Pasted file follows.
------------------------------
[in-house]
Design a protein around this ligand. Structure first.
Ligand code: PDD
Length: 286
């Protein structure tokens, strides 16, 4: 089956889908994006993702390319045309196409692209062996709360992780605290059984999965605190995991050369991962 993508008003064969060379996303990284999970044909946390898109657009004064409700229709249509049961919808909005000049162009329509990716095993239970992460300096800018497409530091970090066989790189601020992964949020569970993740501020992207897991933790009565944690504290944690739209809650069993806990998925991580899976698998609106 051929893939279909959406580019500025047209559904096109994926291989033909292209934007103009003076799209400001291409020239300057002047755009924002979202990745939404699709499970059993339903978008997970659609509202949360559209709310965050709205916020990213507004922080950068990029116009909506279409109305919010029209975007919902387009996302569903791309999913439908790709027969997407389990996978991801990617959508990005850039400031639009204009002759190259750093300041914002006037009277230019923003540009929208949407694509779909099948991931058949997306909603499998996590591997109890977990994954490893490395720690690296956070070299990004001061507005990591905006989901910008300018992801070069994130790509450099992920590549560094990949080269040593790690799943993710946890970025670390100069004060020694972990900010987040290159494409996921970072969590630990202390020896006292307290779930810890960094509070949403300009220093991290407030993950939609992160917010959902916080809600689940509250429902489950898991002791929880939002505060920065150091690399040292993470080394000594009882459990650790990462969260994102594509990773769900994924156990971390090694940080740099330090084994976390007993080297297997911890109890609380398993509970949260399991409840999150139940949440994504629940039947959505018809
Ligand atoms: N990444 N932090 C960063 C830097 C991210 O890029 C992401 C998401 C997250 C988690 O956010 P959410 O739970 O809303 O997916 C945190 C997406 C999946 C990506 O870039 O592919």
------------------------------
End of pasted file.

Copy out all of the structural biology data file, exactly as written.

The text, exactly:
[in-house]
Design a protein around this ligand. Structure first.
Ligand code: PDD
Length: 286
């Protein structure tokens, strides 16, 4: 089956889908994006993702390319045309196409692209062996709360992780605290059984999965605190995991050369991962 993508008003064969060379996303990284999970044909946390898109657009004064409700229709249509049961919808909005000049162009329509990716095993239970992460300096800018497409530091970090066989790189601020992964949020569970993740501020992207897991933790009565944690504290944690739209809650069993806990998925991580899976698998609106 051929893939279909959406580019500025047209559904096109994926291989033909292209934007103009003076799209400001291409020239300057002047755009924002979202990745939404699709499970059993339903978008997970659609509202949360559209709310965050709205916020990213507004922080950068990029116009909506279409109305919010029209975007919902387009996302569903791309999913439908790709027969997407389990996978991801990617959508990005850039400031639009204009002759190259750093300041914002006037009277230019923003540009929208949407694509779909099948991931058949997306909603499998996590591997109890977990994954490893490395720690690296956070070299990004001061507005990591905006989901910008300018992801070069994130790509450099992920590549560094990949080269040593790690799943993710946890970025670390100069004060020694972990900010987040290159494409996921970072969590630990202390020896006292307290779930810890960094509070949403300009220093991290407030993950939609992160917010959902916080809600689940509250429902489950898991002791929880939002505060920065150091690399040292993470080394000594009882459990650790990462969260994102594509990773769900994924156990971390090694940080740099330090084994976390007993080297297997911890109890609380398993509970949260399991409840999150139940949440994504629940039947959505018809
Ligand atoms: N990444 N932090 C960063 C830097 C991210 O890029 C992401 C998401 C997250 C988690 O956010 P959410 O739970 O809303 O997916 C945190 C997406 C999946 C990506 O870039 O592919």